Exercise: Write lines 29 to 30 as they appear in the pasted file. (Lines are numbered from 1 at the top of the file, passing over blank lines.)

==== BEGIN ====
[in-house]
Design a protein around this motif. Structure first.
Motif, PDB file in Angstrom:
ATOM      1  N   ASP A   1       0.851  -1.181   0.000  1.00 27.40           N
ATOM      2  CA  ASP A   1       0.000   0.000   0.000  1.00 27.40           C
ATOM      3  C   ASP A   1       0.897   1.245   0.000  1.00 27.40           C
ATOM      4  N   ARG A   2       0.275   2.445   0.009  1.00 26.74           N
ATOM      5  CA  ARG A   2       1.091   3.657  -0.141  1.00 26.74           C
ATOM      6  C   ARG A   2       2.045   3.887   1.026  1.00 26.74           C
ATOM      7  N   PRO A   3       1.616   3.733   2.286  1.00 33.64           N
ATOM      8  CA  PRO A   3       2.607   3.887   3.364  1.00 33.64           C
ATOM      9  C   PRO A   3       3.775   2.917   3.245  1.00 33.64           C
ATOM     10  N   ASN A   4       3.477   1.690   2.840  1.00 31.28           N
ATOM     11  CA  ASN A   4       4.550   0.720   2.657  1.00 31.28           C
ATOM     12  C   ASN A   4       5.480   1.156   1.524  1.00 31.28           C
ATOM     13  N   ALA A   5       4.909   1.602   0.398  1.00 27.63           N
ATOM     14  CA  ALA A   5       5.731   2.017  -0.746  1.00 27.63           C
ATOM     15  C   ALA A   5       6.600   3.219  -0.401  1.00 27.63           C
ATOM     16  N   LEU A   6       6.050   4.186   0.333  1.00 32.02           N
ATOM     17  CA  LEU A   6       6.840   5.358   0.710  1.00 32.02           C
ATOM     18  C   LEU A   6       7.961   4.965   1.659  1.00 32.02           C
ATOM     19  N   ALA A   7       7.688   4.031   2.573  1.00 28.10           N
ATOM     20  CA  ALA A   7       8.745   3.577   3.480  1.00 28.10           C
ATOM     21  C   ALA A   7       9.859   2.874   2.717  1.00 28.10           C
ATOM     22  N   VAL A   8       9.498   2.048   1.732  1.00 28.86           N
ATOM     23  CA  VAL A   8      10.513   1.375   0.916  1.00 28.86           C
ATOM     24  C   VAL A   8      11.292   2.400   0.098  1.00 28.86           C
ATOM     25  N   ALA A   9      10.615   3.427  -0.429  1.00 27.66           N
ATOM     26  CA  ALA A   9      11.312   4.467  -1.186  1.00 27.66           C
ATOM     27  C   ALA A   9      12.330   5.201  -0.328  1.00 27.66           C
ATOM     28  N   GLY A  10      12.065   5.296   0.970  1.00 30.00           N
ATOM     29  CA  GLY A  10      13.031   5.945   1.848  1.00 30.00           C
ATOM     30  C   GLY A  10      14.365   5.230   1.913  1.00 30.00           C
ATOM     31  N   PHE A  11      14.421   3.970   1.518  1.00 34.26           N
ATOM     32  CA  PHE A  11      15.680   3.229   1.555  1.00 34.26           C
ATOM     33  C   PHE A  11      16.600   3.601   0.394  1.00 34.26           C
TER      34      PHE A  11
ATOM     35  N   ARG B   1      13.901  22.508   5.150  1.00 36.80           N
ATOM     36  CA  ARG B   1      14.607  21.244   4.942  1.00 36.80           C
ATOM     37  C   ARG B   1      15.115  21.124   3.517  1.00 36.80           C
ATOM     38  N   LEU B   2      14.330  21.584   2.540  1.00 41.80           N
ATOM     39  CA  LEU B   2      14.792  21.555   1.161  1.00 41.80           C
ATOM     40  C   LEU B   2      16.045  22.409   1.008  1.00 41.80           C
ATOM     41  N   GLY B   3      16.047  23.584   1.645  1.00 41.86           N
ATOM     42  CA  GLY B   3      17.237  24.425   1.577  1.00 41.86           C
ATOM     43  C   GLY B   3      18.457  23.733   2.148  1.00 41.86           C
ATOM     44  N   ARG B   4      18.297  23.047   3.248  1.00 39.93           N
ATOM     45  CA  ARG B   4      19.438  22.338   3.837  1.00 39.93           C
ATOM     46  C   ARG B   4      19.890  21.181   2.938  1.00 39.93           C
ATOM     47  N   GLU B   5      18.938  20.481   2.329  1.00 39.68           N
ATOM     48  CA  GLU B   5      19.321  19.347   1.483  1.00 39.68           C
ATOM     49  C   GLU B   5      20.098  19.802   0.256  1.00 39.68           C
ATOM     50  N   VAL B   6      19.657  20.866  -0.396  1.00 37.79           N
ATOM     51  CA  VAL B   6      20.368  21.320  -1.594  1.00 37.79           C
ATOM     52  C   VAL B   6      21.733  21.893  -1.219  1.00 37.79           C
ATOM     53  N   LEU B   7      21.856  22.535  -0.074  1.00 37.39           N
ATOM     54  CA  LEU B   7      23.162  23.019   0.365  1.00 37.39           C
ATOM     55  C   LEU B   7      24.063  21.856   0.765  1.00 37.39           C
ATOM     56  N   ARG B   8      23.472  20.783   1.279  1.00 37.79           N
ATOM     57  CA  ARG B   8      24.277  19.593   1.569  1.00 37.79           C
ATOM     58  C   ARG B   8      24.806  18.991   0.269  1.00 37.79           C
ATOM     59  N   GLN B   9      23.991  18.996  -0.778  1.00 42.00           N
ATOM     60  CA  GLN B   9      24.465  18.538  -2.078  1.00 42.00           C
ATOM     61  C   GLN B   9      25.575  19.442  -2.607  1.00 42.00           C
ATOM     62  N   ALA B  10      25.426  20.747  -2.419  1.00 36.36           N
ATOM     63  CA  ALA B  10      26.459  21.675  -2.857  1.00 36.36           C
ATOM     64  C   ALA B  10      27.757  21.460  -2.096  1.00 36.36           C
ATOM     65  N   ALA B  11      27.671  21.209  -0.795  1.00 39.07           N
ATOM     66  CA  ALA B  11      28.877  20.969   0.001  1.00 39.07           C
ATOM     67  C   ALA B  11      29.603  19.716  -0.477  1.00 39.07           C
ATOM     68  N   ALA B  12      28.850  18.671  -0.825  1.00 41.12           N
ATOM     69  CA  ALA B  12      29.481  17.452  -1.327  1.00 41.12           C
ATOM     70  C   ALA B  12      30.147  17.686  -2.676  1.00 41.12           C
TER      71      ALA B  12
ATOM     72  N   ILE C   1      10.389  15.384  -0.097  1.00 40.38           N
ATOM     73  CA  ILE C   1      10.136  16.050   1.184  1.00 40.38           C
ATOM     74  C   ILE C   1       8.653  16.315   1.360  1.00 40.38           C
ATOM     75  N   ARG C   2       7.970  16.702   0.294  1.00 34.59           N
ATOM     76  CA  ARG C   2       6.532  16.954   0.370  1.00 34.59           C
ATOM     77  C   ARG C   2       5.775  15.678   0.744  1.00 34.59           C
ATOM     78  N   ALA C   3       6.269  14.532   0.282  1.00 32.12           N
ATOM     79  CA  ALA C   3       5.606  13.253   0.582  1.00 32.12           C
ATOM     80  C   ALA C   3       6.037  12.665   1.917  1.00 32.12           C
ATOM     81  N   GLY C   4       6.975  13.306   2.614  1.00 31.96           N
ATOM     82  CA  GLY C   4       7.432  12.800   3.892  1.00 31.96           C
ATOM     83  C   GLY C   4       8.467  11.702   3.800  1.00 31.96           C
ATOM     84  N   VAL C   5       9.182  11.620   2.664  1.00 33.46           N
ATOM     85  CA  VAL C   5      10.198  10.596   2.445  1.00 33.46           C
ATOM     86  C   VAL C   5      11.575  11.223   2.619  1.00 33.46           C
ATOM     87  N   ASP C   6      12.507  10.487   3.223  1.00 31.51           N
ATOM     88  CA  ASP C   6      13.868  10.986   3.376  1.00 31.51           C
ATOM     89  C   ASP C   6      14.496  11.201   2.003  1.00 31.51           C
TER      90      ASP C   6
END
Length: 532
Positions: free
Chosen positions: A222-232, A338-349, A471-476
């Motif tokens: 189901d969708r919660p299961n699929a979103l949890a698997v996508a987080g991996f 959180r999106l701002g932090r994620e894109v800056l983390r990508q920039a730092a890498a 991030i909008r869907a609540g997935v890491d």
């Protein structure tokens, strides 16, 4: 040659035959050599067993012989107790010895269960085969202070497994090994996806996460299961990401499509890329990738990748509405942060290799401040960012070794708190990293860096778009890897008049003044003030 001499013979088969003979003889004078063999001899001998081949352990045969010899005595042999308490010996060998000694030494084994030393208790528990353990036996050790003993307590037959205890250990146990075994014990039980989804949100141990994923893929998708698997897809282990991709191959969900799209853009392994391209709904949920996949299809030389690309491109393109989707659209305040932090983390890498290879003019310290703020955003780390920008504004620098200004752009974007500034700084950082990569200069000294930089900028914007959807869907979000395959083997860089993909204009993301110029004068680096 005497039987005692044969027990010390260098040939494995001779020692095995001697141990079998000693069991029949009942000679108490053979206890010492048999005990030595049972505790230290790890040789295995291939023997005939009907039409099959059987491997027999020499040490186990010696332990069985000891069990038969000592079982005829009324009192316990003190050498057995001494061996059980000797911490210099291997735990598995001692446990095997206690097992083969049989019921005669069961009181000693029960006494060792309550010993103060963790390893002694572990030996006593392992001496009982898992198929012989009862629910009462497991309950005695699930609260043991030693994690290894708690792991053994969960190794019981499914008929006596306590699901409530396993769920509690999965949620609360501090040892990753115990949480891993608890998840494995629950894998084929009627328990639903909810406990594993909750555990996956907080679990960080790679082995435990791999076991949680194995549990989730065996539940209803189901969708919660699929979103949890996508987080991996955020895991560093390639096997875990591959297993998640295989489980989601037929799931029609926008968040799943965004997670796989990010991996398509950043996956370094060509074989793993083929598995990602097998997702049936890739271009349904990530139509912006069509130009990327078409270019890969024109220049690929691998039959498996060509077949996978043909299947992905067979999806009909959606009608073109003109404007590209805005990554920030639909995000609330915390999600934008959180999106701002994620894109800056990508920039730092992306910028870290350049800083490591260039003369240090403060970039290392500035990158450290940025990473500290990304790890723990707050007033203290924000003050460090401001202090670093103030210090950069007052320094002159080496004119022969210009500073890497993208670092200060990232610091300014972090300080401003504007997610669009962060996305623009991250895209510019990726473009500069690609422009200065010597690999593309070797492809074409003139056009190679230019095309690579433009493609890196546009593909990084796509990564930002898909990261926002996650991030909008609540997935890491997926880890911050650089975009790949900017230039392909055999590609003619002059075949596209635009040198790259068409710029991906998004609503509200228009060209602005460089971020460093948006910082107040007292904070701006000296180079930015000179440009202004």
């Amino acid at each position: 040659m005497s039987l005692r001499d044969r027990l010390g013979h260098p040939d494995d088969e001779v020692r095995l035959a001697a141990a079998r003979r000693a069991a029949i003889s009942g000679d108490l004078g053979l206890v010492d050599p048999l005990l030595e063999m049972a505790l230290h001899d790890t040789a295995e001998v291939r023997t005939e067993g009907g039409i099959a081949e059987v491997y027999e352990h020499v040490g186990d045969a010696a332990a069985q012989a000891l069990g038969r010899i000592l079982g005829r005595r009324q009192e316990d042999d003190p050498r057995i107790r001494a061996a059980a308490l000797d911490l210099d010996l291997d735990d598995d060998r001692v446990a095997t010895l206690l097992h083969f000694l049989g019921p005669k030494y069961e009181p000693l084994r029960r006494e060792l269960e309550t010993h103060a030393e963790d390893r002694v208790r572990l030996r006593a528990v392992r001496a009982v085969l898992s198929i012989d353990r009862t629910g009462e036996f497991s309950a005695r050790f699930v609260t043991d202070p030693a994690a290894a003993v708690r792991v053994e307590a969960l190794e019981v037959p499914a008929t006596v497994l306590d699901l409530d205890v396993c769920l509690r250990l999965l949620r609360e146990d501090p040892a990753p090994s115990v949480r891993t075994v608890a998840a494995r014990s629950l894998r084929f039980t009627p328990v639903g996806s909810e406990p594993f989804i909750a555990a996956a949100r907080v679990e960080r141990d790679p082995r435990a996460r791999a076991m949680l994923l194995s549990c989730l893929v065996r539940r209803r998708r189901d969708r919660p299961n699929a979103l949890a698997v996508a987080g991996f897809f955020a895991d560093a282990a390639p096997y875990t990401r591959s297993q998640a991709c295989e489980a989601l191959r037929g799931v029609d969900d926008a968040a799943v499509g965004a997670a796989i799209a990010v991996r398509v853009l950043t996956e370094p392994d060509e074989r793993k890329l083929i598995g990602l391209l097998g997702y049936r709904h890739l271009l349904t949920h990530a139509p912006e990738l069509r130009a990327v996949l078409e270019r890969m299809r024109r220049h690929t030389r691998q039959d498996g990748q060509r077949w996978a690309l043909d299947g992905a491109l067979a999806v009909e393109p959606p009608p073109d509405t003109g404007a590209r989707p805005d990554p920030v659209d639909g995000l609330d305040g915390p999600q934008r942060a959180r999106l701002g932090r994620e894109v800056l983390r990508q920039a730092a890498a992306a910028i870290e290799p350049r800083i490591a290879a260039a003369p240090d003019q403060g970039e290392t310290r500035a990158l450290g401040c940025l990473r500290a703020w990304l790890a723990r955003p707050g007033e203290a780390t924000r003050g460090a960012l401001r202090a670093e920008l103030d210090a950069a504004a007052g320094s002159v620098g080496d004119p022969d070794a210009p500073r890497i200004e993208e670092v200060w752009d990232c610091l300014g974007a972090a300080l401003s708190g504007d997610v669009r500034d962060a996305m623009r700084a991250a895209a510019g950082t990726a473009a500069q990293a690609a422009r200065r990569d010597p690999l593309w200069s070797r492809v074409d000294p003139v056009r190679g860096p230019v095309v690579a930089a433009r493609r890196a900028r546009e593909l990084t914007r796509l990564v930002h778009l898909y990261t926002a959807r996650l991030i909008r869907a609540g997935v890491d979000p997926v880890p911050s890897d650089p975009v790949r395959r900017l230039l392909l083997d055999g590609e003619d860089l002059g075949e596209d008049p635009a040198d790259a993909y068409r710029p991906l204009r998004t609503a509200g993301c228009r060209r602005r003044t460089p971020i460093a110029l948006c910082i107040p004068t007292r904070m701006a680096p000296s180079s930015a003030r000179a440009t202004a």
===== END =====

ATOM     26  CA  ALA A   9      11.312   4.467  -1.186  1.00 27.66           C
ATOM     27  C   ALA A   9      12.330   5.201  -0.328  1.00 27.66           C